If you're suffering from burnout...
Do Nothing: How to Break Away from Overworking, Overdoing, and Underliving by Celeste Headlee
Sometimes in life, we get a little too caught up in trying to create the life we want, that we forget to enjoy the present.
For many of us, 2020 forced us to do nothing and we collectively lost our minds. But rather than the need to be constantly working or feeling productive, perhaps we simply need to look inwards and reevaluate what a joy it can be to simply... do nothing—a great read for those who struggle to sit back and relax
“We work best when we allow for flexibility in our habits. Instead of gritting your teeth and forcing your body and mind to work punishing hours and 'lean in' until you reach your goals, the counterintuitive solution might be to walk away. Pushing harder isn’t helping us anymore.”
If you're in need of a little hope...
The Boy, the Mole, the Fox and the Horse by Charlie Mackesy
An unforgettably beautiful book that inspires, soothes and sparks joy all at once. Through the story of four characters, Mackesy teaches us about kindness and encourages people to see the beauty in each other and the world.
“'What do you think is the biggest waste of time?' asked the fox. 'Comparing yourself to others', said the mole.”
If you need to stop caring about what others think...
Cringeworthy: A Theory of Awkwardness by Melissa Dahl
A smart, funny and light-hearted read that encourages us to get out of our own egocentric heads and bask in all the beauty of life that is only revealed when we embrace the true awkwardness of living.
“'If we are not regularly deeply embarrassed by who we are,' the philosopher Alain de Botton has written, 'the journey to self-knowledge hasn’t begun'.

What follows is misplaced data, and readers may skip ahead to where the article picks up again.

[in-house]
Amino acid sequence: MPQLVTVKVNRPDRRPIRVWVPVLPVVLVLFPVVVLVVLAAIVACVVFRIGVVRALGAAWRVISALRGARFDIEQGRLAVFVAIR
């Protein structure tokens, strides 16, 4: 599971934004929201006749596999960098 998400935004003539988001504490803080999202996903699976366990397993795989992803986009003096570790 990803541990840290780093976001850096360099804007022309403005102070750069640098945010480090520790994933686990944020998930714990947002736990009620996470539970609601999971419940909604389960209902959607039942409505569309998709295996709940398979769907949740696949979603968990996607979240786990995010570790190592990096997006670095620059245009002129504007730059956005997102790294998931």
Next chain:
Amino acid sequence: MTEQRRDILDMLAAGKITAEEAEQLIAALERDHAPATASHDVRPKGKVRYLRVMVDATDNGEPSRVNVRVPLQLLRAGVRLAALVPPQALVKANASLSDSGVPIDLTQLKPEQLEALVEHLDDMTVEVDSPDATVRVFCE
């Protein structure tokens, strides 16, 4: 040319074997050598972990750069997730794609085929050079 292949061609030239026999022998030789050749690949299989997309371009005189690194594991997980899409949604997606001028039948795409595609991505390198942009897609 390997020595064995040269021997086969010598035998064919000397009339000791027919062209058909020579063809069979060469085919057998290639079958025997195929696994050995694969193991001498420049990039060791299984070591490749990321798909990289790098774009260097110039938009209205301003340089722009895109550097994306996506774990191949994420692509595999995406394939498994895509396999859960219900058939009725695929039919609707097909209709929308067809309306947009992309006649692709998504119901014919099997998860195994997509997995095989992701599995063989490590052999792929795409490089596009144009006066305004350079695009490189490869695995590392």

If you're considering therapy...
Maybe You Should Talk to Someone by Lori Gottlieb
The truth is, we could all benefit from a little therapy. And in this heartwarming and hilariously honest novel, a psychotherapist pulls back the curtain to what exactly can be gained from not only going to therapy, but even just by hearing about other people's experiences. Full of thought-provoking insights and stories of other people's lives, this page-turner has something in it for everyone.
“We can’t have change without loss, which is why so often people say they want change but nonetheless stay exactly the same.”
If you're looking for some guidance...
Tiny Beautiful Things: Advice on Love and Life from Dear Sugar by Cheryl Strayed
From the best-selling author of Wild
comes this sweet collection of readers' submissions and advice from Cheryl Strayed's once-anonymous 'Dear Sugar' column.
“Most things will be okay eventually, but not everything will be. Sometimes you'll put up a good fight and lose. Sometimes you'll hold on really hard and realise there is no choice but to let go. Acceptance is a small, quiet room.”
If you're relationships need some work...
The Five Love Languages by Gary Chapman
An oldie but a profound
goodie. You may or may not be surprised just how many issues in relationships (romantic, familial or platonic) come down to a lack of understanding of love languages—both in how we express
love and how we prefer to receive
love. This theory also helps us to better understand ourselves and how we operate the way we do when it comes to the people we care about. And the more we understand, the better we can communicate our needs.
“I am amazed by how many individuals mess up every new day with yesterday.”